Cardboard Wars

War is the continuation of politics by other means

Marita-Merkur: Mar I 1941

The Italians: Disaster Strikes

By this point in the game, the historical war had stagnated in the mountains of Albania. The Germans are still two turns away from overunning Greece and Yugoslavia, but the Yugoslav coup has not materialized, and the Greeks have not been able to drive far enough into Albania to trigger intervention checks. Until recently, the Greeks have struggled to eject the Italians from Greece.

The last turn ended with a group of Italians in another dangerous salient, trying to complete the construction of a fort on the Greek-Albanian border. The last time this happened, the troops that were pulled back out of the salient were still destroyed. Of course, they were also on the end of the line, the anchors.

The Italian disaster, Mar I 1941 (click image to enlarge)

The Italian disaster, Mar I 1941 (click image to enlarge)

The Italians also did not attack last turn, unable to get better than 1:1 odds. It isn’t any fun not being able to attack. So, considering what happened at the last salient a few months ago, the Italians decide to try to fight their way out. Using bomber support, they can still only get 2:1 odds in the mountains. The Italians also decide to use the optional table to try to ensure that the Greeks will be forced back.

The Greeks had other ideas, however.

The Italians roll an Attacker Half Eliminated result, costing them 11.5 combat factors as a result. The Italians completely lose four divisions (including a mountain division cadre), and a construction regiment, because they cannot retreat out of the fortified hex. The rest retreat, but the Italians are now in complete disarray, and have surrendered +10 VPs to the Greeks in this attack.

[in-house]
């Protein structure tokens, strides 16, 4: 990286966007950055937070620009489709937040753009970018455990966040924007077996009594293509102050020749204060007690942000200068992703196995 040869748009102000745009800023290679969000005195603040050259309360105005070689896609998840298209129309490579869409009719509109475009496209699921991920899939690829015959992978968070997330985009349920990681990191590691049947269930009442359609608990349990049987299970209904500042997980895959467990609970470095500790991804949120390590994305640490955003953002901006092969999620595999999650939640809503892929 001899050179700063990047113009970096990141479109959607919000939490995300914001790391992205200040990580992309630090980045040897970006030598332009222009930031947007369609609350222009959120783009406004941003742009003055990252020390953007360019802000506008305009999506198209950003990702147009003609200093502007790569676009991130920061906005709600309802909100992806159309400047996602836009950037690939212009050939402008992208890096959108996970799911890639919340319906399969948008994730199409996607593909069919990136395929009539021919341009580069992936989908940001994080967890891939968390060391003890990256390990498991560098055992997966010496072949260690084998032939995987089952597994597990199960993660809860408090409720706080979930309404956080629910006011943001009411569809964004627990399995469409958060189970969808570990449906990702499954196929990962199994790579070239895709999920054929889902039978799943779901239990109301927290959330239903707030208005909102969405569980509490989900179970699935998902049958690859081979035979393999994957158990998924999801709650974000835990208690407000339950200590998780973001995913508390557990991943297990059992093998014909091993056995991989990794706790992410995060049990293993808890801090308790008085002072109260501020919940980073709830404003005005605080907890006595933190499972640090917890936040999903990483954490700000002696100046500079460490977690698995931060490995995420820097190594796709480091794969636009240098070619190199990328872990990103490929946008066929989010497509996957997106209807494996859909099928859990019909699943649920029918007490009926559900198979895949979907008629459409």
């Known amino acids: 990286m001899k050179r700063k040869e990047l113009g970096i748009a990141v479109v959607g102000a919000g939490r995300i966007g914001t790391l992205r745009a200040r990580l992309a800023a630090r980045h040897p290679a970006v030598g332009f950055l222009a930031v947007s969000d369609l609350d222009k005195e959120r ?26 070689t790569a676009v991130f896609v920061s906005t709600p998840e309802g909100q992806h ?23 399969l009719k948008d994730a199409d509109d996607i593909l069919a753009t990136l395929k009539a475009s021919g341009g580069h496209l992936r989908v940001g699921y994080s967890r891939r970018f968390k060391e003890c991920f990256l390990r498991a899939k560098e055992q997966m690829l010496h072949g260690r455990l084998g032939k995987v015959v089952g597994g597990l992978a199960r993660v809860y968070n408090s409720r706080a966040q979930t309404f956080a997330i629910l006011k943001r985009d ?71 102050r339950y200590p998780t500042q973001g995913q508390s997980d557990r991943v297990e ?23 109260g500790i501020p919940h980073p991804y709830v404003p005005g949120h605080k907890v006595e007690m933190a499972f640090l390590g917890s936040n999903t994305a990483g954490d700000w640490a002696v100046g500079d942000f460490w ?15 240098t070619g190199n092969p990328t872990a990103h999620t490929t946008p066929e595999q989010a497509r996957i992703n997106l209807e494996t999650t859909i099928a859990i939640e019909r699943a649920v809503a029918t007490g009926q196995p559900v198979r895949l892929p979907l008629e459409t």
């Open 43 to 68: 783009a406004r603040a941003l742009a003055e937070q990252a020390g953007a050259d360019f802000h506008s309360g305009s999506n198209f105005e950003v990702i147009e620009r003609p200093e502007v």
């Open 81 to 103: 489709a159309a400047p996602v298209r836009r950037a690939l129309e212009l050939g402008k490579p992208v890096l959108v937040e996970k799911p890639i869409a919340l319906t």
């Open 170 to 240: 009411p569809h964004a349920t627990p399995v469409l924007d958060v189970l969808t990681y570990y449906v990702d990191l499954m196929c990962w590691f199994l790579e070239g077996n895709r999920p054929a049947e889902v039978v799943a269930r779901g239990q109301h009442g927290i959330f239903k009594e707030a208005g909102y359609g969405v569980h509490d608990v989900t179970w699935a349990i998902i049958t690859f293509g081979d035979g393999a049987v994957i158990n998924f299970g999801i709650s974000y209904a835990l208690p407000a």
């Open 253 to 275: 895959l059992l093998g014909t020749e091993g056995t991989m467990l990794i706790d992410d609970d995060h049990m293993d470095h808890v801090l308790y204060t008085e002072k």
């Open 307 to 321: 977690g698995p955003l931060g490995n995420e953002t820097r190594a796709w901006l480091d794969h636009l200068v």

To the east, near the Yugoslav border, reinforced by a pair of infantry divisions arriving on the scene, the Italians attack the Greek cavalry sticking their heads out (3-8 cavalry XX). Amazingly, even against that pretty weak division, the Italians are only able to muster a 2:1 attack. Using the regular combat table, they roll a Half Exchange. The Greeks lose 4 combat factors, and the Italians lose 2, costing them an entire division (3-4-6). The Greeks score +2 VPs for that elimination, but now have another gap in their front line.

The forces in the last Italian occupied Greek hex are now at risk of being cut off. Mechanized forces consisting of the 2-8 armored cadre and the 2-8 Bersagliari regiment move in to try to protect the supply line, and give the infantry an escape route out of Greece.

The Greeks

The Greeks are still waiting for parts to get their Mxd bombers repaired.

The last half of the turn had the Italians fleeing for their lives, leaving a vacuum in Albania that the Greeks gleefully and swiftly fill. Engineers begin construction of a pair of forts that, at the current pace, will be finished on April I, 1941 (assuming the poor weather continues). The two forts that the Italians had constructed have been destroyed.